Vajracharya Priest’s Crown, Early Malla period, 13th–early 14th century, Nepal. Gilt-copper alloy inlaid with semiprecious stones, lapis lazuli, and turquoise. H. 12 in. (30.5 cm); W. 9 in. (22.9 cm); D. 8 1/4 in. (21 cm). Gift of Barbara and David Kipper, 2016; 2016.408 © 2000–2017 The Metropolitan Museum of Art.

Elaborate crowns such as this were worn by Vajracarya priests, the highest rank in the Nepalese Buddhist community. The conical crown is unique to Newari Buddhism and embodies a memory of older and now lost Indian Buddhist practices. The term Vajracarya denotes both a caste and a family name, and the designation entitles its holders to perform reserved priestly functions, analogous to the privileges held by Brahmans in Hinduism. This crown is exceptional in its complexity: It is dominated by a series of diadem plaques depicting emanations of the wisdom bodhisattva Manjushri, benign and wrathful. All is surmounted by a five-pronged thunderbolt scepter, or vajra. This unique iconography points to the crown being designed for enacting rites dedicated to invoking Manjushri.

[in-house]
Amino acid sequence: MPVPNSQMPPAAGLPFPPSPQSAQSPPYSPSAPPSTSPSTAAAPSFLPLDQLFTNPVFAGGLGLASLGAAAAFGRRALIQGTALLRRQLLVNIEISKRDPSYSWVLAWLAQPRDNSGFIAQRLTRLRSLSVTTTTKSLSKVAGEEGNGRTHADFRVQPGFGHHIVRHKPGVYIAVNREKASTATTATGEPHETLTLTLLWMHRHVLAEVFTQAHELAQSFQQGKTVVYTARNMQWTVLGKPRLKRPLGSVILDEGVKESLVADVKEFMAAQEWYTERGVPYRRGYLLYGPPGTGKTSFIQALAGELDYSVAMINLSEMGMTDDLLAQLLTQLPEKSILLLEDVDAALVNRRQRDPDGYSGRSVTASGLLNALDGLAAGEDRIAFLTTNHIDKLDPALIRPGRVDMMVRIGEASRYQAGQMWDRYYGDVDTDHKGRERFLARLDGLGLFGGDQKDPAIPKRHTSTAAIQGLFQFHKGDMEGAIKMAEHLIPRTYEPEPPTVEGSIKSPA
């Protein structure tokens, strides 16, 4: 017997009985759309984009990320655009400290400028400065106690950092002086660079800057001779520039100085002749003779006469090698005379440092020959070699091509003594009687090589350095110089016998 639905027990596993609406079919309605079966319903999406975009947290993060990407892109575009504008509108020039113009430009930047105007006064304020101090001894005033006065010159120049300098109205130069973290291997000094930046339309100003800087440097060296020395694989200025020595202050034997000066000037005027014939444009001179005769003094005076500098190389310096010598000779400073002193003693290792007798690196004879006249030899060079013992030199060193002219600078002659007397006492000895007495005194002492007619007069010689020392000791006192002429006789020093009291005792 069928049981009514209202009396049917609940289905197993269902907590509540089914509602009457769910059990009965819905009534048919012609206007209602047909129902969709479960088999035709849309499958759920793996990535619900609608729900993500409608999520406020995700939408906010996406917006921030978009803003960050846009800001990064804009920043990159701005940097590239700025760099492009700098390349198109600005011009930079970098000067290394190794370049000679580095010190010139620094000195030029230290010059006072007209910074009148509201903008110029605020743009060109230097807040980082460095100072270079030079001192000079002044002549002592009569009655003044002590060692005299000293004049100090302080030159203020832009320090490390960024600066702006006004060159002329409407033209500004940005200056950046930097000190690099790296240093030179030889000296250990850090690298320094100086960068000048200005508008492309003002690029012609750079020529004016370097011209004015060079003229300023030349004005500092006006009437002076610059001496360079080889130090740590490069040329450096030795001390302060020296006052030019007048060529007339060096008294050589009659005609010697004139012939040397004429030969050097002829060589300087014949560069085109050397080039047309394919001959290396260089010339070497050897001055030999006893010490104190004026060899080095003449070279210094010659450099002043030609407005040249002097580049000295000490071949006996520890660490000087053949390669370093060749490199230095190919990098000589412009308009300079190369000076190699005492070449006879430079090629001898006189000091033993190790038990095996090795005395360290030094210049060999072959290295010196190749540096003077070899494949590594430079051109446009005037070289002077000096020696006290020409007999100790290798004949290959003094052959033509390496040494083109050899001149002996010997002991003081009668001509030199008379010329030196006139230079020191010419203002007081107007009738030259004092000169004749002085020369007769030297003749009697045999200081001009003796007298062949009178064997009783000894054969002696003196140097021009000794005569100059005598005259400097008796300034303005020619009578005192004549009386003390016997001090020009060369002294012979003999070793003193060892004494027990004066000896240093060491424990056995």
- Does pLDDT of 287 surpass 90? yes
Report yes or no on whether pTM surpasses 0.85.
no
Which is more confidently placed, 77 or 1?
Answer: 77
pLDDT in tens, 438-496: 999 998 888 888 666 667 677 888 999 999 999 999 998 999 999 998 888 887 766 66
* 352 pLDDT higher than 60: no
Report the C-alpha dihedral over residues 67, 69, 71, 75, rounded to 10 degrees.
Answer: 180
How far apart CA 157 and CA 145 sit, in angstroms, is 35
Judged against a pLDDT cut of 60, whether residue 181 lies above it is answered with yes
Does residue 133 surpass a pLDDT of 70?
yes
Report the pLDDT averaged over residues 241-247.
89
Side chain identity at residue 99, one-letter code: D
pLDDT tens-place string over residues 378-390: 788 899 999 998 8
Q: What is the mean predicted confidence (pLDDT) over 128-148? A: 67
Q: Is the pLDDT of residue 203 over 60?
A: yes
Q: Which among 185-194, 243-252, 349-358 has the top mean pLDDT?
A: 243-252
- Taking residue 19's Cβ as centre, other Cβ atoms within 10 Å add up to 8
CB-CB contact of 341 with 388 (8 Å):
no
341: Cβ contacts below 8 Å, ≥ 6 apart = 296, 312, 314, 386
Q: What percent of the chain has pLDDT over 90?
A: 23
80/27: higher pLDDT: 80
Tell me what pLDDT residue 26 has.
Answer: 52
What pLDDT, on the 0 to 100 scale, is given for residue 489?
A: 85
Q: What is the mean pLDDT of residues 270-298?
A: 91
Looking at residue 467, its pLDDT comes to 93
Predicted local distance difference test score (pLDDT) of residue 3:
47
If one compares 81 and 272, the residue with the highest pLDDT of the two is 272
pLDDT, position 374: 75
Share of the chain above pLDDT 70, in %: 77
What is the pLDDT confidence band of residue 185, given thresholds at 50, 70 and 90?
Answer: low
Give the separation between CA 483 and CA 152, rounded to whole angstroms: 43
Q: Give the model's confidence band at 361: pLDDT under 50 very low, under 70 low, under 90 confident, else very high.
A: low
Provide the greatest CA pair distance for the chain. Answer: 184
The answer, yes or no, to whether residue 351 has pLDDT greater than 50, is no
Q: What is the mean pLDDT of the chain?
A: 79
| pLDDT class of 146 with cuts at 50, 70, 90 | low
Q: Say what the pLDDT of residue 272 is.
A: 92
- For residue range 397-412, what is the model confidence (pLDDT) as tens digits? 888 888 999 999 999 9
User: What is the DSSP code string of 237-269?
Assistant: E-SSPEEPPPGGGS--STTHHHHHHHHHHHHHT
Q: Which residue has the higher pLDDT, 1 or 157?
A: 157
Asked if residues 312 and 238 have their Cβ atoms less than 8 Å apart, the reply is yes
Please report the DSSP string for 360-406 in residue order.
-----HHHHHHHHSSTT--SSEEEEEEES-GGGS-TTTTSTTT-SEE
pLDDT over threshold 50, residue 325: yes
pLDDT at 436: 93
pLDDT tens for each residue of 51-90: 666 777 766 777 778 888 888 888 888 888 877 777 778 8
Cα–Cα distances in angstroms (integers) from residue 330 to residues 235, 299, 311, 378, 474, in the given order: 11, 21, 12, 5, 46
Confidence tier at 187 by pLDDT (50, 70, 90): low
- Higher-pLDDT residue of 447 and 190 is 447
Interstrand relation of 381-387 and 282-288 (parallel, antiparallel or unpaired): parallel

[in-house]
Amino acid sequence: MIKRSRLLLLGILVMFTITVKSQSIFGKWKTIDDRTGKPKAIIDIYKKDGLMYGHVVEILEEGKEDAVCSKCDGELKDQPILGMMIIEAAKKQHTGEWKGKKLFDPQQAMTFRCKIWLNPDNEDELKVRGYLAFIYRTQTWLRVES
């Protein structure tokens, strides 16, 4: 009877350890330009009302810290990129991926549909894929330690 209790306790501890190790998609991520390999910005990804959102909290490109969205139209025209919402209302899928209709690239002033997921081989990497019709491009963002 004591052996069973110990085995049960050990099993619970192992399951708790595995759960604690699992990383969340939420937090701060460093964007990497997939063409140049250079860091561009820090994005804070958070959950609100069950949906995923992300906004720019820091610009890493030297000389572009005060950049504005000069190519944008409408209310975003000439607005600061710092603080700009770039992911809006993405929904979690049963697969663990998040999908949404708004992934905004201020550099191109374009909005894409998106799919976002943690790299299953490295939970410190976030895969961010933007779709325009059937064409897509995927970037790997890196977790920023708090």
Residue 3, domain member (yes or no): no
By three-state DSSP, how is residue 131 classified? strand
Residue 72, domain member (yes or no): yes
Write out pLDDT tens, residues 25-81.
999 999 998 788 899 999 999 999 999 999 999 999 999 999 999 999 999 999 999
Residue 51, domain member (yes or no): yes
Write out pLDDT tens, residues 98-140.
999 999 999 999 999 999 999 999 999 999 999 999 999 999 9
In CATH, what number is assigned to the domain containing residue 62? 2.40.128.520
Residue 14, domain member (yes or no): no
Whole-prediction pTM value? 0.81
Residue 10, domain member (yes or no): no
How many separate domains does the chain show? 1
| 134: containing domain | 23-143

New York. The Metropolitan Museum of Art. "The Arts of Nepal and Tibet: Recent Gifts," January 16, 2016–January 15, 2017.